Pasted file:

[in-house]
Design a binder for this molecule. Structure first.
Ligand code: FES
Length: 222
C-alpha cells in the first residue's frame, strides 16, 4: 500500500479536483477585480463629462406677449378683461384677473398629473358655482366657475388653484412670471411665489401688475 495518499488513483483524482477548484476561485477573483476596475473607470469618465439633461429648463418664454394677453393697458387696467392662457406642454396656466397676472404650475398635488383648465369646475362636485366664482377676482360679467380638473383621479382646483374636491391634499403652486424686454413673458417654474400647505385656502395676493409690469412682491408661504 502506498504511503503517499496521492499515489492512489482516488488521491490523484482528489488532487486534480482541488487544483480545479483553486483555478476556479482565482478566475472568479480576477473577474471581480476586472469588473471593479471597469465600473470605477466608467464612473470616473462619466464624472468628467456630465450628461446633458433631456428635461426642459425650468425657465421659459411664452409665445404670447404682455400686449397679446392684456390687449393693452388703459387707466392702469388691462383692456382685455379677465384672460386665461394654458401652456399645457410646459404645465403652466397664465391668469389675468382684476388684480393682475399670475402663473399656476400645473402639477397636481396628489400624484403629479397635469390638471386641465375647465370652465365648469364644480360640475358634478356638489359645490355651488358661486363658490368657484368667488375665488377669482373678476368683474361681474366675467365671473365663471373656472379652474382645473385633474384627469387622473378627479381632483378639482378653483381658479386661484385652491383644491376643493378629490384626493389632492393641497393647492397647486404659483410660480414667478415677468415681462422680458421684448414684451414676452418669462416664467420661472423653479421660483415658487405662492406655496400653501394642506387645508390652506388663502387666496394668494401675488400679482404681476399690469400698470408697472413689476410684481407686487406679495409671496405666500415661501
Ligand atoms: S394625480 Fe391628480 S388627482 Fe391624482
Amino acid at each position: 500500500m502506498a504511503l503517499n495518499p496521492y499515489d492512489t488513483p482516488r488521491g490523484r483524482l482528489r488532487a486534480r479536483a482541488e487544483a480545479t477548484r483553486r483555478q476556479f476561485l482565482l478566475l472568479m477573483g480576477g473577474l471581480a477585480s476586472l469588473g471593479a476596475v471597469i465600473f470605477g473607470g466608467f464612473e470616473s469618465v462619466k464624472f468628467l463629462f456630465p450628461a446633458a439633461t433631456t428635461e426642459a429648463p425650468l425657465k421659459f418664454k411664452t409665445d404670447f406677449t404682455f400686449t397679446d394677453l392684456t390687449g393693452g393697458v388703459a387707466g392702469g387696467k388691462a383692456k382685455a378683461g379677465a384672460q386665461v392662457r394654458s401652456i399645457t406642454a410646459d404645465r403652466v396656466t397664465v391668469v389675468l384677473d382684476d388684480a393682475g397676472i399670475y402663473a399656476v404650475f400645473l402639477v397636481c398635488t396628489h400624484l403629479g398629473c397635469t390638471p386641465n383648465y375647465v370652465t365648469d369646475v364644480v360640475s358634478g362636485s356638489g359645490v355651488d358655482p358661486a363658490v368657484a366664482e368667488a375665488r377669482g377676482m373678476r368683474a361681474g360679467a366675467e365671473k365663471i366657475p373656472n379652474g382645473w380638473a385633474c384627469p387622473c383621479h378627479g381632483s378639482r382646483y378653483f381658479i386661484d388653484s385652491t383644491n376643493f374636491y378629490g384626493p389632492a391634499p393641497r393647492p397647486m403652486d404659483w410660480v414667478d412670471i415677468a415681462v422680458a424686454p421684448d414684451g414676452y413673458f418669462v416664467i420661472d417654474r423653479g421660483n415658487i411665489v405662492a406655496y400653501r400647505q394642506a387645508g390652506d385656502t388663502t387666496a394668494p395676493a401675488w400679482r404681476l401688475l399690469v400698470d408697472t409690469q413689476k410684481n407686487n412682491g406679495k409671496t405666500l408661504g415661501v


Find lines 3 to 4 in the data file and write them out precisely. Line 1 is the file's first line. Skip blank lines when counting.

Ligand code: FES
Length: 222